‘The Predator’ is the Best Sequel Reboot of the Series

Printer-friendly versionPrinter-friendly versionE-mail page to friendE-mail page to friendPDF versionPDF version
No votes yet
HollywoodChicago.com Oscarman rating: 3.0/5.0
Rating: 3.0/5.0

CHICAGO – By the standards of Predator sequels, “The Predator” is easily the best of the bunch. But that’s a depressingly low bar to clear… kind of like saying you got the nicest looking “Yugo” on the lot. Coming 31 years after Arnold Schwarzenegger battled the original “one ugly mother f**ker,” this reboot brings the space alien with the heat seeking vision to the suburbs.

The movie gets down to business almost immediately, as Quinn (Boyd Holbrook) fights off the space alien “Predator,” who has slaughtered the rest of his unit south of the border. He purloins a mask and arm gauntlet from the Predator’s crashed spaceship and mails it to his son (Jacob Tremblay) for safe keeping. Quinn is arrested by the military for this heist, and gets saddled on a bus with a group of rag-tag soldiers nicknamed the “Loonies,” while his son manages to accidentally summon more predators to earth while thinking it’s an elaborate video game.

A Familiar Image From the Series in ‘The Predator’
Photo credit: 20th Century Fox

That sets the Predator loose in all sorts of homey suburban settings like a football field, a cul-de-sac and a middle school. And there’s plenty of writer/director Shane Black’s trademark tough guy dialogue, but most of the time the jokes and the lines don’t quite land the way they’re supposed to… partly because you can’t make many of them out due to all the explosions. There a few good moments though, with Tremblay’s character mistaking the predator’s mask for a Halloween mask and blowing up the house of two suburban bullies while out trick or treating.

There’s also Sterling K. Brown as a gum smacking CIA agent trying to acquire the alien and its technological hardware, and Olivia Munn as an evolutionary scientist (who also serves as a story exposition machine). The best that can be said is that at least the cast seems to be having a ball, because the action – no matter how dumb or mindless – seems to be the filmmakers primary focus. It sure isn’t the plot, and what little there is of it involves global warming, and a mulligan’s stew of half baked ideas which congeal into something purely perfunctory.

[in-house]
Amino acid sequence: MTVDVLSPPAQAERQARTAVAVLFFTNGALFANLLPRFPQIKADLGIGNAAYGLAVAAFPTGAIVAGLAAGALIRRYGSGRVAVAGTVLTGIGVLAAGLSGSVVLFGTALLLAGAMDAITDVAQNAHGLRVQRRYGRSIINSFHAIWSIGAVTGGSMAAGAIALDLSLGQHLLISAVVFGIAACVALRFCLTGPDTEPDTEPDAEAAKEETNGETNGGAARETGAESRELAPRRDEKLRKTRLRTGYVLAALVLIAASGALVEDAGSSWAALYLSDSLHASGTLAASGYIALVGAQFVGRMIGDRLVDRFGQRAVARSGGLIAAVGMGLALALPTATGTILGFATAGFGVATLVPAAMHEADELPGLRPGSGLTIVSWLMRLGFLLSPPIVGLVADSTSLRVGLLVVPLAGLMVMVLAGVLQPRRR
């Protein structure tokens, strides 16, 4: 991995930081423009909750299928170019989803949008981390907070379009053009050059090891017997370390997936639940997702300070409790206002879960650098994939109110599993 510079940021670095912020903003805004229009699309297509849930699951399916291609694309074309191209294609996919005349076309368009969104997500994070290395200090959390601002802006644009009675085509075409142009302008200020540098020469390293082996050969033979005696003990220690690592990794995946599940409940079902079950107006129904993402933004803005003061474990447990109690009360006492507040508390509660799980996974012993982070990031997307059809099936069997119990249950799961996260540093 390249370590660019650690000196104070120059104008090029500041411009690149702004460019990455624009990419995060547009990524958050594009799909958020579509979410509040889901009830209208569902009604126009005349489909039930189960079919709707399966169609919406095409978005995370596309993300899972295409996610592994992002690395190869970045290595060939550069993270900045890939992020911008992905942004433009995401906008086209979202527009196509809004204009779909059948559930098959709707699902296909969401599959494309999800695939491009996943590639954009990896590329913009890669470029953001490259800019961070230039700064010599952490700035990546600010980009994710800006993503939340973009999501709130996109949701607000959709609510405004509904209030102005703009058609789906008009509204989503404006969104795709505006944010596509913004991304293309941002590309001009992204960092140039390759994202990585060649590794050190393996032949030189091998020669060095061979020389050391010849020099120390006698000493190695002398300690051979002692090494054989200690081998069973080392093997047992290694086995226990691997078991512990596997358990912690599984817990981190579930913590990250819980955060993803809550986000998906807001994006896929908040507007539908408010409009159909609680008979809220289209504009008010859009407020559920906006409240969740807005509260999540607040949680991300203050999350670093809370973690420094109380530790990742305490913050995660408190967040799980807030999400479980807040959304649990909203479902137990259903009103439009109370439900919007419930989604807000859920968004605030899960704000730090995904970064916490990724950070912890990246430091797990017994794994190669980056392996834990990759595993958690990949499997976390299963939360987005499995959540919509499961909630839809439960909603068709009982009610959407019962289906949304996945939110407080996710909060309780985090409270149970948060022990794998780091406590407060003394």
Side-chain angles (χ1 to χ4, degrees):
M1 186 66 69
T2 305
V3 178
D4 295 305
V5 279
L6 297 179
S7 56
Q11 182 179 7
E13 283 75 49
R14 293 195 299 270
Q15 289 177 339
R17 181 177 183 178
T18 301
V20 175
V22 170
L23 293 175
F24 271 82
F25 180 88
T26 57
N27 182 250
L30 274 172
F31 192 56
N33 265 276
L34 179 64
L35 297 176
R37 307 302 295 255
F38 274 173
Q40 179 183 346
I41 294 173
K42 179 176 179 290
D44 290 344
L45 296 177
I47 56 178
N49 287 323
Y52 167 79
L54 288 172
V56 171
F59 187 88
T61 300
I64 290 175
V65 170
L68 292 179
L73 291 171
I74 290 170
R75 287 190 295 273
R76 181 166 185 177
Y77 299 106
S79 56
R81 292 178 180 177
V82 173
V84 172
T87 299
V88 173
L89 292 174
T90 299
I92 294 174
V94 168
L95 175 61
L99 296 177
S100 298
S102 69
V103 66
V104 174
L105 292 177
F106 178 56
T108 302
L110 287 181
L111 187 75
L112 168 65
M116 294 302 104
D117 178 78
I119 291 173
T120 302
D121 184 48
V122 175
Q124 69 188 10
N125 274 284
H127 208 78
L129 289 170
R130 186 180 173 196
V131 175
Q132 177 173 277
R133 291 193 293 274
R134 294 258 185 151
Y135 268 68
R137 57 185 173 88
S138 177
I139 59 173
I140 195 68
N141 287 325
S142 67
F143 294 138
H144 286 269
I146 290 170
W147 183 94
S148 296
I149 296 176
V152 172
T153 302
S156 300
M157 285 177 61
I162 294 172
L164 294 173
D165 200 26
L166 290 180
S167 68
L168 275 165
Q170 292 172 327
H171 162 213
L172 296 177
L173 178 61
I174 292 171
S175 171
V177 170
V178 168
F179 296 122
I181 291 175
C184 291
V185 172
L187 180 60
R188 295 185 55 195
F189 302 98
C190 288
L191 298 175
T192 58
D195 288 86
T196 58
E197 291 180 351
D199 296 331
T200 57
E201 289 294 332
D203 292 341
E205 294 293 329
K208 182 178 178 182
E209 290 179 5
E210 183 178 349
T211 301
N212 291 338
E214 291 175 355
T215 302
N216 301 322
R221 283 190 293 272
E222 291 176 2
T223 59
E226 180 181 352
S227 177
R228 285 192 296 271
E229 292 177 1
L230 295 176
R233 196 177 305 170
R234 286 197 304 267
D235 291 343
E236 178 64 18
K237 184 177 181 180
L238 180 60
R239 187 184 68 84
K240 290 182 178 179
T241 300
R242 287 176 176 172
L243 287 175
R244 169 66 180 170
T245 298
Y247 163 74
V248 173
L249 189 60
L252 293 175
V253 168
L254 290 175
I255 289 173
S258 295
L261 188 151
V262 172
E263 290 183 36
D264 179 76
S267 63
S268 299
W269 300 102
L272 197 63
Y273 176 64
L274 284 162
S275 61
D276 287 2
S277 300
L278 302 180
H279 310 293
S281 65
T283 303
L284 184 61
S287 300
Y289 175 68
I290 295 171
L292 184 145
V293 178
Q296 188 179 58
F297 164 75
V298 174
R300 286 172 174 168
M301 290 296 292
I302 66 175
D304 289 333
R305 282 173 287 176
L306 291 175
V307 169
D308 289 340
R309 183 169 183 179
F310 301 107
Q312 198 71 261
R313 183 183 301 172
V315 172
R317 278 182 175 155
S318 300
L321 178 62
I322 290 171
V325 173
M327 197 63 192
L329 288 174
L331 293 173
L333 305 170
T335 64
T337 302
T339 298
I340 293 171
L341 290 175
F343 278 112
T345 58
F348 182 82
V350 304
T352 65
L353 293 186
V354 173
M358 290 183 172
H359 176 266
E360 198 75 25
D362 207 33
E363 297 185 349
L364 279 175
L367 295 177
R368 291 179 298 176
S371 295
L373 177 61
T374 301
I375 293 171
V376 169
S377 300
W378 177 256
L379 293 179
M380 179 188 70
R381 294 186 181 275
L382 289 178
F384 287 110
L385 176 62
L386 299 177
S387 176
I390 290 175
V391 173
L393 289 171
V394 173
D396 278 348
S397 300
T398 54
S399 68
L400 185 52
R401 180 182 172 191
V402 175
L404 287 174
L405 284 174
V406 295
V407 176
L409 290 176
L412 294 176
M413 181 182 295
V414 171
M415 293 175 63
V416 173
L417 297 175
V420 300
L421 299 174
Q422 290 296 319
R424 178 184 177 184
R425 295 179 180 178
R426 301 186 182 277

It’s not a bad idea to overload a Predator movie with enough wall-to-wall bangs, booms, and bombs, but this time around it comes at the expense of any actual suspense. And while there are new bigger and smarter Predators in this story, they don’t really have any new tricks. Additionally, there are narrative holes big enough to fly a whole fleet of Predator ships through, which doesn’t help. If this film were more of a check-your-brain-at-the-door-fun-fest that wouldn’t matter as much, but it’s not.

The Cast of ‘The Predator’ Poses with Director Shane Black (kneeling)
Photo credit: 20th Century Fox

The original Schwarzenegger-starring “Predator” was an all-time classic, and we’ve kind of seen everything the Predator series has to offer at this point. But it’s been all downhill from that first film, and no amount of snappy one liners can cover that up. When even Shane Black can’t revive a franchise, it’s time to put away the heat vision mask for good.

“The Predator” opens everywhere in on September 14th, in IMAX and regular screenings. See local listings for IMAX theaters and show times. Featuring Boyd Holbrook, Trevante Rodes, Jacob Tremblay, Olivia Munn, Keegan-Michael Key, Sterling K. Brown, Thomas Jane and Jake Busey. Written by Shane Black and Fred Dekker. Directed by Shane Black. Rated “R”

HollywoodChicago.com contributor Spike Walters


© 2018 Spike Walters, HollywoodChicago.com

User Login

Free Giveaway Mailing


  • Miss Information

    CHICAGO – Fact or fiction is a current debate in news programming, especially as people naturally digest “the news” that makes them comfortable. A new five-episode web series created by filmmaker Ashton Swinford, “Miss Information,” is a satire-oriented show that seeks to entertain and educate viewers on the bias, fake news and bot infiltration that litters social media.

  • YippieFest 2020 Logo

    CHICAGO – It’s coming! YippieFest 2020 – joining the virtual and online revolution during these particular times – is set for August 21st through the 23rd. Details to come on schedules and times, but the whole fest can be downloaded for FREE on those dates through TWITCH streaming service. Click here for more details.


HollywoodChicago.com on Twitter


HollywoodChicago.com Top Ten Discussions